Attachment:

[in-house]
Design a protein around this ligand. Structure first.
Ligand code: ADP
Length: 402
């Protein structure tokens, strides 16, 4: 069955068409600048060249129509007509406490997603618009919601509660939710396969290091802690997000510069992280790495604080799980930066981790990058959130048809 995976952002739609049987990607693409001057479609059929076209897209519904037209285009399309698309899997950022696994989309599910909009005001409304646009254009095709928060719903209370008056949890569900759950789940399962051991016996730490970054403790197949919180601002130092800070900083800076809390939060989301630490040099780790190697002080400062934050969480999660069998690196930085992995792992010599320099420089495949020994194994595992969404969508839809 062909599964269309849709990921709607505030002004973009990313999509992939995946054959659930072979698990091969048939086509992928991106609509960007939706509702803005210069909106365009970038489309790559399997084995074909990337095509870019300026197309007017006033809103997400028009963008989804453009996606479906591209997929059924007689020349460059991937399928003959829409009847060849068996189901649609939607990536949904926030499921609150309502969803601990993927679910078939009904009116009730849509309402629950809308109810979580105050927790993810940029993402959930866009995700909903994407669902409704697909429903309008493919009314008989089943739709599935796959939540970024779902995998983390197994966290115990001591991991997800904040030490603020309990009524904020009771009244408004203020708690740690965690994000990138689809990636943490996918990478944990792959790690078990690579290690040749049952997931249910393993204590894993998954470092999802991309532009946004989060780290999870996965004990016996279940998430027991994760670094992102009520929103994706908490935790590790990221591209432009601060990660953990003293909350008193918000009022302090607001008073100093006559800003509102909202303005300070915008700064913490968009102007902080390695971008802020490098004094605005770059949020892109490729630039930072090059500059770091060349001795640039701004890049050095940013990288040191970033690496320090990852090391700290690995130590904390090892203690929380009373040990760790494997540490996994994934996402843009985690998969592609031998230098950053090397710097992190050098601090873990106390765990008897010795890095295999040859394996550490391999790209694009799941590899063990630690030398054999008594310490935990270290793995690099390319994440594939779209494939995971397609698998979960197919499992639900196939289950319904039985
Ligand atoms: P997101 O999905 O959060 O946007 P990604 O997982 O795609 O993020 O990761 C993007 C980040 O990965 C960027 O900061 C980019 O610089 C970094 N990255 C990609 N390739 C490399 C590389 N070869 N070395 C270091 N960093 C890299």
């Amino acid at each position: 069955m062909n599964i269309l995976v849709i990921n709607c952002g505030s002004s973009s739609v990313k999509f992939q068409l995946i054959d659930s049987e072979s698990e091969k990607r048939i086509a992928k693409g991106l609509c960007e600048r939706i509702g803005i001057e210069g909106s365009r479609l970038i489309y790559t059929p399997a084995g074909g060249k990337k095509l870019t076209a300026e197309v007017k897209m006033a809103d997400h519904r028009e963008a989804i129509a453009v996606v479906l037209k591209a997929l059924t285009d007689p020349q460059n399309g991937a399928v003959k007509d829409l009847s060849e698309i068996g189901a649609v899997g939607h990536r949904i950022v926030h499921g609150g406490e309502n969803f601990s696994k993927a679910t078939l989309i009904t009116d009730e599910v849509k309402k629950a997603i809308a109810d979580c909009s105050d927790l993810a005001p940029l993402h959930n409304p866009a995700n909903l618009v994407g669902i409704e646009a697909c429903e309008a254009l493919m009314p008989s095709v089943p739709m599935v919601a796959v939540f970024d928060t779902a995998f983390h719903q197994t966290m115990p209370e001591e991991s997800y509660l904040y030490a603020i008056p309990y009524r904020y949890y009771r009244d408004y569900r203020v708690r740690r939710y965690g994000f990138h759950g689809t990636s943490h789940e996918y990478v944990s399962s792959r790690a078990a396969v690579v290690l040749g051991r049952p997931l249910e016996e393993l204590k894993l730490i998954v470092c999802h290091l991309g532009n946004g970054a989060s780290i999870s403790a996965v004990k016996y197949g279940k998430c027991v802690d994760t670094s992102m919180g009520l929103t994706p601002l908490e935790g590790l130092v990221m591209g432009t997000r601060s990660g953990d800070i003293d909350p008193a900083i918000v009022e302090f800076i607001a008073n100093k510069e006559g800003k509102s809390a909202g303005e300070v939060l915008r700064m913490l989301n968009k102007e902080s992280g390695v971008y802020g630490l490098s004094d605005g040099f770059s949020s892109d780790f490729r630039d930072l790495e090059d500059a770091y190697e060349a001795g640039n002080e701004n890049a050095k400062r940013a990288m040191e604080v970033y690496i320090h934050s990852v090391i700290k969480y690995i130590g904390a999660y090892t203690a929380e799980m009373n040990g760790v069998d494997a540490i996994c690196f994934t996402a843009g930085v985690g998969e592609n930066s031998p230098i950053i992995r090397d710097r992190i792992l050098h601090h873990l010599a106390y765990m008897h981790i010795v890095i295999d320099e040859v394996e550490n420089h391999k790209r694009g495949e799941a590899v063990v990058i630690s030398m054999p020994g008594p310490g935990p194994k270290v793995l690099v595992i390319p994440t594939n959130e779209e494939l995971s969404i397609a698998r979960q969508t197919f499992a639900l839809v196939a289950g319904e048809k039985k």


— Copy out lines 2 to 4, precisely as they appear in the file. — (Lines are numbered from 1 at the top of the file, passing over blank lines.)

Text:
Design a protein around this ligand. Structure first.
Ligand code: ADP
Length: 402